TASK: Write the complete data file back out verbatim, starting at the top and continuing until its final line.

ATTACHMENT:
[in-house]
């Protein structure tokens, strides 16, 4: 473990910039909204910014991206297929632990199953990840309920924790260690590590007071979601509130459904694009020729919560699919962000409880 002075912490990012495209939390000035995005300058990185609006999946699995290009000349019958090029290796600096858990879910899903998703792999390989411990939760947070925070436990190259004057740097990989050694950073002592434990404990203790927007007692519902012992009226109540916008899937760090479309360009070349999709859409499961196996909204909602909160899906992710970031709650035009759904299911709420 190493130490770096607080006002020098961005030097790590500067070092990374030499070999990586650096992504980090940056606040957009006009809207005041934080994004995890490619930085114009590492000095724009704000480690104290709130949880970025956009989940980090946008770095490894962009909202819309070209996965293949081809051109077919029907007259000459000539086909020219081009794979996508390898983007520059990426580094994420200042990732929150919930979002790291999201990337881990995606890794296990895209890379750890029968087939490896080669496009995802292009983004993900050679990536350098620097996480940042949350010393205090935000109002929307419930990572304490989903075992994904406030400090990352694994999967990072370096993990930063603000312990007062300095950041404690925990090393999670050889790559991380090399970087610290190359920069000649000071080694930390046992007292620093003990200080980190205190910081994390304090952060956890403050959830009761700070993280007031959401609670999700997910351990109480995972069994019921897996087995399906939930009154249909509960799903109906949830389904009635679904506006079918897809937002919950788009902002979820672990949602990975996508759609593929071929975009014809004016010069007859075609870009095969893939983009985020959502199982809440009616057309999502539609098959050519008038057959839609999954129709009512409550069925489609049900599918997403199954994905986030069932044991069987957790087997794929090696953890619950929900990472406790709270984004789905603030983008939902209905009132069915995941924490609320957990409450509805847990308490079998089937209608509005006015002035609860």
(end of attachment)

[in-house]
């Protein structure tokens, strides 16, 4: 473990910039909204910014991206297929632990199953990840309920924790260690590590007071979601509130459904694009020729919560699919962000409880 002075912490990012495209939390000035995005300058990185609006999946699995290009000349019958090029290796600096858990879910899903998703792999390989411990939760947070925070436990190259004057740097990989050694950073002592434990404990203790927007007692519902012992009226109540916008899937760090479309360009070349999709859409499961196996909204909602909160899906992710970031709650035009759904299911709420 190493130490770096607080006002020098961005030097790590500067070092990374030499070999990586650096992504980090940056606040957009006009809207005041934080994004995890490619930085114009590492000095724009704000480690104290709130949880970025956009989940980090946008770095490894962009909202819309070209996965293949081809051109077919029907007259000459000539086909020219081009794979996508390898983007520059990426580094994420200042990732929150919930979002790291999201990337881990995606890794296990895209890379750890029968087939490896080669496009995802292009983004993900050679990536350098620097996480940042949350010393205090935000109002929307419930990572304490989903075992994904406030400090990352694994999967990072370096993990930063603000312990007062300095950041404690925990090393999670050889790559991380090399970087610290190359920069000649000071080694930390046992007292620093003990200080980190205190910081994390304090952060956890403050959830009761700070993280007031959401609670999700997910351990109480995972069994019921897996087995399906939930009154249909509960799903109906949830389904009635679904506006079918897809937002919950788009902002979820672990949602990975996508759609593929071929975009014809004016010069007859075609870009095969893939983009985020959502199982809440009616057309999502539609098959050519008038057959839609999954129709009512409550069925489609049900599918997403199954994905986030069932044991069987957790087997794929090696953890619950929900990472406790709270984004789905603030983008939902209905009132069915995941924490609320957990409450509805847990308490079998089937209608509005006015002035609860």